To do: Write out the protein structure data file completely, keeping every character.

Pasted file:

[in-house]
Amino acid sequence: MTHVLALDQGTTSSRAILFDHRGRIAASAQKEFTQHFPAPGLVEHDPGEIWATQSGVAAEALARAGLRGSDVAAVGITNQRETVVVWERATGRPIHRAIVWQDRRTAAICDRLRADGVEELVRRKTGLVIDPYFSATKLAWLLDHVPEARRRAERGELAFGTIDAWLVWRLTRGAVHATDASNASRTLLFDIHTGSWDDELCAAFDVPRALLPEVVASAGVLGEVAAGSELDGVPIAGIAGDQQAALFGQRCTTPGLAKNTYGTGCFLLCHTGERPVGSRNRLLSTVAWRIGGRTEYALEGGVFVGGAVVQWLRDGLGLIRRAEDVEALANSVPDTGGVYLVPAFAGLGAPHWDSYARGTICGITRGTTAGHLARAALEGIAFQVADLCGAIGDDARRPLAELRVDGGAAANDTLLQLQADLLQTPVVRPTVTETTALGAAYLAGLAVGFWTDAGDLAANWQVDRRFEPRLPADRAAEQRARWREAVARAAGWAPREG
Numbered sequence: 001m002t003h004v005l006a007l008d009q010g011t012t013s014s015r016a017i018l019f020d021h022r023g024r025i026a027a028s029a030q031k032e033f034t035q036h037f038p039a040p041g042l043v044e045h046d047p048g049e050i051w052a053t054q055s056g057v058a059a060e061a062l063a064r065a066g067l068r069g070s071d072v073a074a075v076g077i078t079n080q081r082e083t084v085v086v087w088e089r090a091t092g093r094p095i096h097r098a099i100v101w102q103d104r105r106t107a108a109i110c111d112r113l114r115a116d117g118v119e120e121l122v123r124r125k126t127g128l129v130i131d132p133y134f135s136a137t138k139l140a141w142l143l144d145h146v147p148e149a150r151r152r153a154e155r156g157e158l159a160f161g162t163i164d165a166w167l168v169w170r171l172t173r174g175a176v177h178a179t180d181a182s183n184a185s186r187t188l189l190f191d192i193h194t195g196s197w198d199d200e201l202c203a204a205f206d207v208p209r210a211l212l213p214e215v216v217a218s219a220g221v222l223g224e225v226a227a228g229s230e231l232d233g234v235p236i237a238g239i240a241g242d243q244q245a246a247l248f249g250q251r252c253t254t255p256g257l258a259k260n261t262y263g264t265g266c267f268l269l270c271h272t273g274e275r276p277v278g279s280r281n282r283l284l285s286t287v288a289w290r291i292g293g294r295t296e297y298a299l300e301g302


[in-house]
Amino acid sequence: MTHVLALDQGTTSSRAILFDHRGRIAASAQKEFTQHFPAPGLVEHDPGEIWATQSGVAAEALARAGLRGSDVAAVGITNQRETVVVWERATGRPIHRAIVWQDRRTAAICDRLRADGVEELVRRKTGLVIDPYFSATKLAWLLDHVPEARRRAERGELAFGTIDAWLVWRLTRGAVHATDASNASRTLLFDIHTGSWDDELCAAFDVPRALLPEVVASAGVLGEVAAGSELDGVPIAGIAGDQQAALFGQRCTTPGLAKNTYGTGCFLLCHTGERPVGSRNRLLSTVAWRIGGRTEYALEGGVFVGGAVVQWLRDGLGLIRRAEDVEALANSVPDTGGVYLVPAFAGLGAPHWDSYARGTICGITRGTTAGHLARAALEGIAFQVADLCGAIGDDARRPLAELRVDGGAAANDTLLQLQADLLQTPVVRPTVTETTALGAAYLAGLAVGFWTDAGDLAANWQVDRRFEPRLPADRAAEQRARWREAVARAAGWAPREG
Numbered sequence: 001m002t003h004v005l006a007l008d009q010g011t012t013s014s015r016a017i018l019f020d021h022r023g024r025i026a027a028s029a030q031k032e033f034t035q036h037f038p039a040p041g042l043v044e045h046d047p048g049e050i051w052a053t054q055s056g057v058a059a060e061a062l063a064r065a066g067l068r069g070s071d072v073a074a075v076g077i078t079n080q081r082e083t084v085v086v087w088e089r090a091t092g093r094p095i096h097r098a099i100v101w102q103d104r105r106t107a108a109i110c111d112r113l114r115a116d117g118v119e120e121l122v123r124r125k126t127g128l129v130i131d132p133y134f135s136a137t138k139l140a141w142l143l144d145h146v147p148e149a150r151r152r153a154e155r156g157e158l159a160f161g162t163i164d165a166w167l168v169w170r171l172t173r174g175a176v177h178a179t180d181a182s183n184a185s186r187t188l189l190f191d192i193h194t195g196s197w198d199d200e201l202c203a204a205f206d207v208p209r210a211l212l213p214e215v216v217a218s219a220g221v222l223g224e225v226a227a228g229s230e231l232d233g234v235p236i237a238g239i240a241g242d243q244q245a246a247l248f249g250q251r252c253t254t255p256g257l258a259k260n261t262y263g264t265g266c267f268l269l270c271h272t273g274e275r276p277v278g279s280r281n282r283l284l285s286t287v288a289w290r291i292g293g294r295t296e297y298a299l300e301g302